B.S.A.s in German East Africa
The extraordinary saga of the South African Motor Cyclist Corps and their 400 B.S.A.s in World War 1
By Ashley Blair
The campaign in German East Africa during the Great War has always been regarded as a mere side show compared to the tumultuous and bloody events in Europe. But it was the East African campaign that inspired C.S. Forester’s novel The African Queen and Wilbur Smith’s Shout at the Devil. It was the theatre where aircraft were first used as spotters in naval warfare and where the entire crew of the German cruiser Königsberg were each awarded the Iron Cross. It was also where General von Lettow-Vorbeck used a bicycle to travel through the bush to visit his troops. Two gunboats were carried 3,000 miles into the war zone at Lake Tanganyika overland from Cape Town by railway and then dragged in turn by traction engines and hundreds of ‘porters. Germany even dispatched a Zeppelin with supplies for their beleaguered East African soldiers.
It was into this conflict that the South African Motor Cyclist Corps was sent in 1916 with 400 B.S.A. motorcycles. Although a well-known publicity photograph, usually incorrectly labelled as one of the South African Motor Cycle Corps, shows a smiling soldier with a Model H, all of the known photos from East Africa show Model Ks without the enclosed chain drive. The Model K had a cylinder capacity of 557cc, was rated at 4½ horse power and had a primary chain and belt final drive. The magneto was mounted in front of the engine in a position rather vulnerable to wet conditions, although the front mudguard did have a protective lower flap. The S.A.M.C.C. machines had leather gun buckets mounted on the forks for carrying rifles, Lewis guns or signalling equipment.
The South African Motor Cyclist Corps was formed in January 1916 under the command of Colonel James Fairweather. He was an Anglo Boer war veteran who had been awarded the D.S.O for “very good service at Patriots Klip, Cape Colony on 15th December 1901” and Mentioned in Dispatches twice. He had also seen recent service in German West Africa where he was again Mentioned in Dispatches. The Corps was made up mainly of railway men, possibly because of their familiarity with things mechanical, who were paid five shillings and six pence per day. The Corps hat badge with a winged wheel reflected the men’s origin as it was very similar to the badge used by Railway units.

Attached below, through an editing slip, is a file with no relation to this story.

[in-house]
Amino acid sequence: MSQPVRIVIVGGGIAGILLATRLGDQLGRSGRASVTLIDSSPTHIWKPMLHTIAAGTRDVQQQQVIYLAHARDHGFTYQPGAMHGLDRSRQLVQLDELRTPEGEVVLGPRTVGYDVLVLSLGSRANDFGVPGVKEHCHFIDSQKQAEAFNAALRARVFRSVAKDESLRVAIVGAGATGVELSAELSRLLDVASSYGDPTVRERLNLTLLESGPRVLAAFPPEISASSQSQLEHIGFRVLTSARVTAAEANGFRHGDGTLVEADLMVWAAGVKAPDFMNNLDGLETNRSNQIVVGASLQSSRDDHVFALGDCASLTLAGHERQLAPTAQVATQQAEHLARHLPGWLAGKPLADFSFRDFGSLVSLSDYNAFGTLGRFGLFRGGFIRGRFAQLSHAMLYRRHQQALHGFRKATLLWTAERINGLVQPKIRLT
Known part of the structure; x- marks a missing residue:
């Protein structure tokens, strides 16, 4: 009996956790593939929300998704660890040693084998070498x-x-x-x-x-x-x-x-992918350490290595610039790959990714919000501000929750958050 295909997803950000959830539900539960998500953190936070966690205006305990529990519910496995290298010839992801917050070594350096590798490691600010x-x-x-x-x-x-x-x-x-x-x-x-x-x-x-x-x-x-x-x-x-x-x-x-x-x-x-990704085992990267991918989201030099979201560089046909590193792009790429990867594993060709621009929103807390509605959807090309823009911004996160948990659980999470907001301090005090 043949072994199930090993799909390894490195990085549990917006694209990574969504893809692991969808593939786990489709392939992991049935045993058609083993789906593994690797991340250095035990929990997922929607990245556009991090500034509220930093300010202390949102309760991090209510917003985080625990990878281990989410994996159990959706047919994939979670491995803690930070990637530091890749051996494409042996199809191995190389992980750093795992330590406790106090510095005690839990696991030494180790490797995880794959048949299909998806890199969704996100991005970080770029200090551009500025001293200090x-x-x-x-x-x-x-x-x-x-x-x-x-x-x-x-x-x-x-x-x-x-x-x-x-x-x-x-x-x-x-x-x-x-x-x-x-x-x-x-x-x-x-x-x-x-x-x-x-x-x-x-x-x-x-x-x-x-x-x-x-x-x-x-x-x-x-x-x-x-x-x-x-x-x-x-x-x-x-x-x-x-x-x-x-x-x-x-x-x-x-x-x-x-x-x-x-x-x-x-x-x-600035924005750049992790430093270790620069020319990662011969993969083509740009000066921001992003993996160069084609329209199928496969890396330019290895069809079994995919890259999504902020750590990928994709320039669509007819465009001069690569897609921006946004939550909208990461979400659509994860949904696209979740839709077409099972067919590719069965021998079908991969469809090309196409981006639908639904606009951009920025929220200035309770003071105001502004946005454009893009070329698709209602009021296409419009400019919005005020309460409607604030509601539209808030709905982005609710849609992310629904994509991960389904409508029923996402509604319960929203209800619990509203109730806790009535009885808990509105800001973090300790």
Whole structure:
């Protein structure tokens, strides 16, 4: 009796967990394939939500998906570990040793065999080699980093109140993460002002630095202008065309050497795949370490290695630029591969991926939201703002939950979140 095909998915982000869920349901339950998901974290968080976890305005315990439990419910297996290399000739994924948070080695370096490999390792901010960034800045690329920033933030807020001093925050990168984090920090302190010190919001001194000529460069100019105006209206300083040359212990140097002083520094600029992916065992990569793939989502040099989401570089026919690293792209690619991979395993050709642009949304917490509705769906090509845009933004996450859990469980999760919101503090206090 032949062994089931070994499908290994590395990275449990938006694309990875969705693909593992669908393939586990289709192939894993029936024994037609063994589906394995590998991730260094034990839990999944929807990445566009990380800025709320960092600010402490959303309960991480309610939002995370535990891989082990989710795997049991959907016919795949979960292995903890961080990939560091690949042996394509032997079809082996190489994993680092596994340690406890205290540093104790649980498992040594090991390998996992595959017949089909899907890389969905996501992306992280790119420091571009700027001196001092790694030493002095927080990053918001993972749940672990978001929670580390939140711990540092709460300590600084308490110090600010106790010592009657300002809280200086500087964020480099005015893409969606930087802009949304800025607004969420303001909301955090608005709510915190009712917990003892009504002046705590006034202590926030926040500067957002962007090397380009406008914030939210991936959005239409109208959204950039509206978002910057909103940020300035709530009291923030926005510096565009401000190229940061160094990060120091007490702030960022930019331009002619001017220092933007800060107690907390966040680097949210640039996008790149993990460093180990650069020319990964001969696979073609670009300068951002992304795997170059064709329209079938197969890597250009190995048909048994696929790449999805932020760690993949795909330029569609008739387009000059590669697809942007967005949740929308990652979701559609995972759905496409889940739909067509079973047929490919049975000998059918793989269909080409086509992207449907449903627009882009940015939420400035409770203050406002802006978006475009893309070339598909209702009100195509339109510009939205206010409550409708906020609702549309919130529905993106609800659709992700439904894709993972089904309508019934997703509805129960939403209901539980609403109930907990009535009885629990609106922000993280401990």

The Corps was formed into eight platoons, plus a Headquarters Section. Each platoon had its own motor mechanic and there were also mechanics and signallers in the Headquarters Section. In February 1916, while the Corps was still in training at Potchefstroom, 50 of the most promising men were chosen to go early to East Africa as dispatch riders. They were told that they were likely to go into action very soon after landing so while the ship was still at sea their machines were brought up out of the hold and set up on deck.
The remainder of the Corps sailed from Durban for East Africa early in April 1916 on the S.S. Huntsgreen. Captain Duncan McMillan, Adjutant and former Engineering Professor at Cape Town University, gave lectures on motor cycles during the voyage. Smallpox broke out on board and after they landed the Corps was taken by train into quarantine near Voi. They were kept isolated for three weeks and during this time the cyclists* heard their first lions. The initial ride was to Moshi, over 100 miles away, with the last part being ridden in darkness. As compensation, the cyclists saw the splendour of Mount Kilimanjaro by moonlight. The next ride was to Kondoa-Irirangi along a very rough road that was in turn sandy and deeply rutted by motor lorries. The machines sank in the sand down to the B.S.A.’s footboards. Several river crossings had to be negotiated by manhandling the motorcycles. Each B.S.A. was carried on two poles by four men.
- Next >>